NEWS
August 7, 1993 | Daily News Wire Services
The Senate confirmed Louis Freeh, 43, a federal judge, as director of the Federal Bureau of Investigation, but left hanging until after the summer recess a vote on the nomination of Dr. Joycelyn Elders to be U.S. surgeon general . Freeh succeeds William Sessions, whom President Clinton fired after Sessions had long been dogged by ethical questions. A former FBI agent and federal prosecutor with a reputation as a tough crime fighter, Freeh had an easy passage during his confirmation hearing before the Senate Judiciary Committee, pledging to keep the bureau free of political interference.
NEWS
May 17, 2001
If, as rumored, we risk losing John Timoney to the FBI, some Philadelphians are prepared to block all exits from the city with their bodies. Our police commissioner says he hasn't been approached about replacing Louis Freeh, who retires as FBI director next month, but we have to admit Timoney would be a great choice (don't tell anyone we said that; we plan to join the body-blockade on southbound I-95). Turning the FBI around would be quite a challenge, even to Timoney. Its string of embarrassing screw-ups, going way back to well before Freeh, has been capped by Freeh's admission that the bureau committed "serious error" in the case of Oklahoma City bomber Timothy McVeigh.
NEWS
December 4, 2001 | By Lenny Savino INQUIRER WASHINGTON BUREAU
FBI Director Robert Mueller announced yesterday that he was restructuring the agency to increase its ability to fight terrorism and cyber crime and improve intelligence gathering and internal security. The changes, which Congress approved Friday, take effect immediately. The changes were made in response to the Justice Department's emphasis on domestic terrorism since Sept. 11 and to months of criticism of the FBI that preceded the attacks. Several reports critical of the bureau are due in coming months, and the reorganization anticipates their findings.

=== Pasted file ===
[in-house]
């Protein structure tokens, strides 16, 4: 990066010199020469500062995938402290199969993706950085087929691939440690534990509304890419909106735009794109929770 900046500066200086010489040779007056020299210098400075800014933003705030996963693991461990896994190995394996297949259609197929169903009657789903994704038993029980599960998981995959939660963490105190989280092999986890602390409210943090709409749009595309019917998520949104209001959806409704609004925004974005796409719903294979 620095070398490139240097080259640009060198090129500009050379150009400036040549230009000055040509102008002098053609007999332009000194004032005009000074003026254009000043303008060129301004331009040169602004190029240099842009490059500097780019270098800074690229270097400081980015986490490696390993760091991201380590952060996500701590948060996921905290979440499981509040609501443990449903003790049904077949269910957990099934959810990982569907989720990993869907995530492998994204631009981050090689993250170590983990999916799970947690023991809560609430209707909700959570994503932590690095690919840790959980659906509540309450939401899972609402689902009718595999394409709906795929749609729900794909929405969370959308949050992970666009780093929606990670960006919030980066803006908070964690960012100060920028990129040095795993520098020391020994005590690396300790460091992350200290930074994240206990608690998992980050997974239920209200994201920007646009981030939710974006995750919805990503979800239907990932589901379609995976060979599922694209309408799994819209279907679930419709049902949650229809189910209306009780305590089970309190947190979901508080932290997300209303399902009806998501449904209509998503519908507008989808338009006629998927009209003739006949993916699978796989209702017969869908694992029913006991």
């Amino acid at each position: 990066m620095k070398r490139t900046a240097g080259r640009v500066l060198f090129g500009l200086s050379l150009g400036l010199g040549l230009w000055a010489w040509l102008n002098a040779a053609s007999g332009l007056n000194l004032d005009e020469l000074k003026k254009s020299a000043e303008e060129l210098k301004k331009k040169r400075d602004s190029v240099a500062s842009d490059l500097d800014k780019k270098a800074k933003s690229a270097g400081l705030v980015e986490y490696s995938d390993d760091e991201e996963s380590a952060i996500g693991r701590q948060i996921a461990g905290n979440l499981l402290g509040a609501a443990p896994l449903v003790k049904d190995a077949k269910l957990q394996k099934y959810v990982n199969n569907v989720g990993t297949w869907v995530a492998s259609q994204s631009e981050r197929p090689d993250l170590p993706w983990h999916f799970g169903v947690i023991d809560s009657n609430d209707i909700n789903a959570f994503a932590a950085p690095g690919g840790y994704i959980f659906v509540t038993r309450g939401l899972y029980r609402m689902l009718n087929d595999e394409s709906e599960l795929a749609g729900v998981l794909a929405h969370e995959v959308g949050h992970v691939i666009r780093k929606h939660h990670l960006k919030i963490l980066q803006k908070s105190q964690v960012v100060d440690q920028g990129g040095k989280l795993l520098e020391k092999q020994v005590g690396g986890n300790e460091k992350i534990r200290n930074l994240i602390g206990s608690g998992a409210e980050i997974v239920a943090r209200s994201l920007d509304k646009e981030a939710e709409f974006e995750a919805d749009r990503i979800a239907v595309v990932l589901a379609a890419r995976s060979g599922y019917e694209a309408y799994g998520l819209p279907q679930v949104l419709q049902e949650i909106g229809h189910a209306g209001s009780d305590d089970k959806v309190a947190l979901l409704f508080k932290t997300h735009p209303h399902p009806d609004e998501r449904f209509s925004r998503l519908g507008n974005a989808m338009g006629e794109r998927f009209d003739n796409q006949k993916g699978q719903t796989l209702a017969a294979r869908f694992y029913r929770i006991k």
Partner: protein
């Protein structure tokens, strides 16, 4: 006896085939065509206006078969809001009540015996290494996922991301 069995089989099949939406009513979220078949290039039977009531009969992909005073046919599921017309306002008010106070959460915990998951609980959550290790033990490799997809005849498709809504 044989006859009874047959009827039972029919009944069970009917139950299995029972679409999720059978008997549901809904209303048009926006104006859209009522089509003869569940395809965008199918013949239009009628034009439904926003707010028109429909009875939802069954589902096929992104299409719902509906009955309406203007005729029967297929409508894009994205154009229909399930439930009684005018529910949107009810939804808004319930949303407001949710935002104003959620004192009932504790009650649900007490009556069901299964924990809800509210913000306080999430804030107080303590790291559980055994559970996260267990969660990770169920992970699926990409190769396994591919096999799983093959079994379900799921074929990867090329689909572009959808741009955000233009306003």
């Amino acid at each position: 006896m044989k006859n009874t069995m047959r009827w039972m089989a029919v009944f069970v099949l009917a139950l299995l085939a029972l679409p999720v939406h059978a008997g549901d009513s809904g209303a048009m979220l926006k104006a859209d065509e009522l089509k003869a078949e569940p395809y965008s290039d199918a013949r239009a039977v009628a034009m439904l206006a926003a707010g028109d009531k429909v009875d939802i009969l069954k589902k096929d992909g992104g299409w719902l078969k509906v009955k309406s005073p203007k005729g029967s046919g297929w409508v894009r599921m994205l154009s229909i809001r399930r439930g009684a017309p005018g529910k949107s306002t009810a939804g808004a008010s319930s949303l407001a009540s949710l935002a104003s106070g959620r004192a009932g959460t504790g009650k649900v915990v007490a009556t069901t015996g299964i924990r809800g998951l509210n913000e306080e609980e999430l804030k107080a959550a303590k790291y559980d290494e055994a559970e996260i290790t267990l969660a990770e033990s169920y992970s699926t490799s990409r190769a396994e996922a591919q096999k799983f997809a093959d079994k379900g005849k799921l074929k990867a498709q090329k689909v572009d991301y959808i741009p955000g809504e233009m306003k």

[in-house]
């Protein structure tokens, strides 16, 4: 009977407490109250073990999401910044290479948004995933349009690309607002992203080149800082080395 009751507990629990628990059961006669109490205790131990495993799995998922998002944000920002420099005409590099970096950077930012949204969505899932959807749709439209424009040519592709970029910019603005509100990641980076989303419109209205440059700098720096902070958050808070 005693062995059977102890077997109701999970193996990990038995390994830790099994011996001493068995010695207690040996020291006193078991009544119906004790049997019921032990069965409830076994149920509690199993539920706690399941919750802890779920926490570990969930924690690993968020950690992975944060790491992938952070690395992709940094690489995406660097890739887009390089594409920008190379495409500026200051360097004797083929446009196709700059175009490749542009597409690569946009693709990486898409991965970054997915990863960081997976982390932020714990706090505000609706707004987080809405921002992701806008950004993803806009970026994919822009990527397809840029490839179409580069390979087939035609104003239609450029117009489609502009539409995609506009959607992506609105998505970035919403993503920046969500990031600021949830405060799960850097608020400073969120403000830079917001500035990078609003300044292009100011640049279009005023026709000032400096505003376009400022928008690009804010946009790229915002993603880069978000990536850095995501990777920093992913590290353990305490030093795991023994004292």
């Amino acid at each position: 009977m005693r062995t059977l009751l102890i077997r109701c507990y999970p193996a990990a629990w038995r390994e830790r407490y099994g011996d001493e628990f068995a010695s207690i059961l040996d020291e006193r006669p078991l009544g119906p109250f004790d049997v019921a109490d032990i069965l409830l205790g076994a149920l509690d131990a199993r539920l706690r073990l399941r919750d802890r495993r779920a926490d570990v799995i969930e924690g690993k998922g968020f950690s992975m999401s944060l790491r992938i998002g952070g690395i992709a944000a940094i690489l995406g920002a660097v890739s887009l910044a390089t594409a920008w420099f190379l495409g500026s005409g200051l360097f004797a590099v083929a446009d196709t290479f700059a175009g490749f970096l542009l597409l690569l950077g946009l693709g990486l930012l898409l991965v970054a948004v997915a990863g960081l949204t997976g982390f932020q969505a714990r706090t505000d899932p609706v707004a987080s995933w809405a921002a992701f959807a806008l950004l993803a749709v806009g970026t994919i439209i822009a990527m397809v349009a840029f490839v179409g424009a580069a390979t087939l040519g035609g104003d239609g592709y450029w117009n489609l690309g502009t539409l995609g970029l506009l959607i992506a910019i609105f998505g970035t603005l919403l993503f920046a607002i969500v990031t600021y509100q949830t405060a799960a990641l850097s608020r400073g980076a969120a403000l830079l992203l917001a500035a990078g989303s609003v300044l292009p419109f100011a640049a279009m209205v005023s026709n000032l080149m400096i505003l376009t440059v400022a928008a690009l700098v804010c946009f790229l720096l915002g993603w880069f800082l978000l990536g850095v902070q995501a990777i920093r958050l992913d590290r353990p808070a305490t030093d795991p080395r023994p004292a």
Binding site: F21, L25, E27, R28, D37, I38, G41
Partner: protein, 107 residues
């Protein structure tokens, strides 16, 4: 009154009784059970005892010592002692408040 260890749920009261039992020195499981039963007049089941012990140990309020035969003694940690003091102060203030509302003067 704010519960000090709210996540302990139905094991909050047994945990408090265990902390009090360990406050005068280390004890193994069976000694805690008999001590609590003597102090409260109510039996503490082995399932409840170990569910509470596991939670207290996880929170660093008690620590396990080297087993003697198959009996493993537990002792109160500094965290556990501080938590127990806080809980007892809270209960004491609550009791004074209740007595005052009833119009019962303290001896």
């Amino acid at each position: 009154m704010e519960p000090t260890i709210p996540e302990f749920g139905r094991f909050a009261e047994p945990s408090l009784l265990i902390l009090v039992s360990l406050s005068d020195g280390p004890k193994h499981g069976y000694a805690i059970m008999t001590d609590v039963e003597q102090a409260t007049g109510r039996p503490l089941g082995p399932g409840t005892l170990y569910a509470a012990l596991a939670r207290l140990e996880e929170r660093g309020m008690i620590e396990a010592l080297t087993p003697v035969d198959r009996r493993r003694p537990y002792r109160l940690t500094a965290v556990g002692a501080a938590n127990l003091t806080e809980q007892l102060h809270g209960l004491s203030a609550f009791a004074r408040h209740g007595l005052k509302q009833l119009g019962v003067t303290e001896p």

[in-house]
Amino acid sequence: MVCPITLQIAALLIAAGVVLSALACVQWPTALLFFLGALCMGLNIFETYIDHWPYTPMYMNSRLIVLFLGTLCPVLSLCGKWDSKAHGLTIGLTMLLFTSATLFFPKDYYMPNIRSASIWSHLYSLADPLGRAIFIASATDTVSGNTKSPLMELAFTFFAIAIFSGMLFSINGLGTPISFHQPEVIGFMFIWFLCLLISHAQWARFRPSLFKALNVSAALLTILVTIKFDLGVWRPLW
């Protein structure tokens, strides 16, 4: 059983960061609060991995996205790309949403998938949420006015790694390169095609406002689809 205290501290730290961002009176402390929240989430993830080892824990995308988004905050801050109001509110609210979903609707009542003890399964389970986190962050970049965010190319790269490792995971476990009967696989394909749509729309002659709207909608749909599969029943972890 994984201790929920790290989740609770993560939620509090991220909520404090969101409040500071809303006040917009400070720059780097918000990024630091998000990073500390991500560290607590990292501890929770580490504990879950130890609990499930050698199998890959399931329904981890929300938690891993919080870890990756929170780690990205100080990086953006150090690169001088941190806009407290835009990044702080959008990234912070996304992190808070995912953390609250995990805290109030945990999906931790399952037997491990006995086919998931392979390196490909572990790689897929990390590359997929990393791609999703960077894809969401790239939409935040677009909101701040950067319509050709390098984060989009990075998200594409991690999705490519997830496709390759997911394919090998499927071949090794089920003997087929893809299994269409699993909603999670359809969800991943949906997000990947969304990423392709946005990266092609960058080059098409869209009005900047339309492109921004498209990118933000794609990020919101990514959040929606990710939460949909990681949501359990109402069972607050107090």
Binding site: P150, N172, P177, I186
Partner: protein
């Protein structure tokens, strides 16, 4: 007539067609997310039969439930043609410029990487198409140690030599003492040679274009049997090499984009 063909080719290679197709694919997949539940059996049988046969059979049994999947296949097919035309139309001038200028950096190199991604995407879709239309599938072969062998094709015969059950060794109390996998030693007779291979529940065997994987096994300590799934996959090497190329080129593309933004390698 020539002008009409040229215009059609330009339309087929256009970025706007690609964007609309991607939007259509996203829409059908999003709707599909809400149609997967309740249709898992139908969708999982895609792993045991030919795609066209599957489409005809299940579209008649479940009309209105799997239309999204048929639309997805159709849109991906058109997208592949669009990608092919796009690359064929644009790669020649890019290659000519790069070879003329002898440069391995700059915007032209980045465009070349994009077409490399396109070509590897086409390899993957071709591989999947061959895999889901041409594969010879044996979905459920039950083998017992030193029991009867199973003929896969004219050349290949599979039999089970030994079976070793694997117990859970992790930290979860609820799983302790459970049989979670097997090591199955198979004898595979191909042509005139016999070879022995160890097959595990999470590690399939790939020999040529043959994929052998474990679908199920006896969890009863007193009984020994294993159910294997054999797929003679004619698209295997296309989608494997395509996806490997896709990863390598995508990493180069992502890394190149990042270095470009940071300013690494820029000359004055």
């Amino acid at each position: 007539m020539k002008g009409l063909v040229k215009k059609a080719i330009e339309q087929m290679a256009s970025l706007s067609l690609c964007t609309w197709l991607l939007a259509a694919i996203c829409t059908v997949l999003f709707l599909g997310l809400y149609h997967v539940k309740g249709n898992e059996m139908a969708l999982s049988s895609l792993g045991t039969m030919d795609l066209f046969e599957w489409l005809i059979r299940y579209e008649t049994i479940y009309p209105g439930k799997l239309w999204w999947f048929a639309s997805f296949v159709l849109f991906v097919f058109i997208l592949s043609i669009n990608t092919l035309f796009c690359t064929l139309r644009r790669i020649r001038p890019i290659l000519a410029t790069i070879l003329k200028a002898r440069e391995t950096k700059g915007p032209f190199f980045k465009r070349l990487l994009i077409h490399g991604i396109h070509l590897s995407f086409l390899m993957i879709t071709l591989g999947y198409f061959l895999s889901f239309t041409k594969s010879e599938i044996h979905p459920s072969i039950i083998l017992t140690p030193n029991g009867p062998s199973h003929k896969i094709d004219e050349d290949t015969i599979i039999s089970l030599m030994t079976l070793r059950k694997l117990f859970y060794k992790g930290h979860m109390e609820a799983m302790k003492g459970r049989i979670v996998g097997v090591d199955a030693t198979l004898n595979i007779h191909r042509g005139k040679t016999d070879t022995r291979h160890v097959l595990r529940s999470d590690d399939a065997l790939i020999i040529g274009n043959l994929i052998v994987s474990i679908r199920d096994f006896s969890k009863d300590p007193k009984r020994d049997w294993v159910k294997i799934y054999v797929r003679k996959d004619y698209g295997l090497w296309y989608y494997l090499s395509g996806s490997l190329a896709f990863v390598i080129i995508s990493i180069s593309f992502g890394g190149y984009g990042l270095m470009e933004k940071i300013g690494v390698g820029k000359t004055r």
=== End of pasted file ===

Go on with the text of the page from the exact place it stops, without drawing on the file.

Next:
NEWS
April 22, 1997 | Scripps Howard News Service
Think back to the so-called "good old days" when J. Edgar Hoover was director of the FBI. No one in government or in the press dared to criticize Hoover. He had "secret" files on politicians, journalist, civil-rights leaders and many others. If you were in "Who's Who," Hoover kept a file on you. Whatever Hoover requested, he received and, in some years, he was given additional money than he had never even sought. When the Hoover era ended and as his gilded reputation tarnished, the FBI entered the real world of human behavior.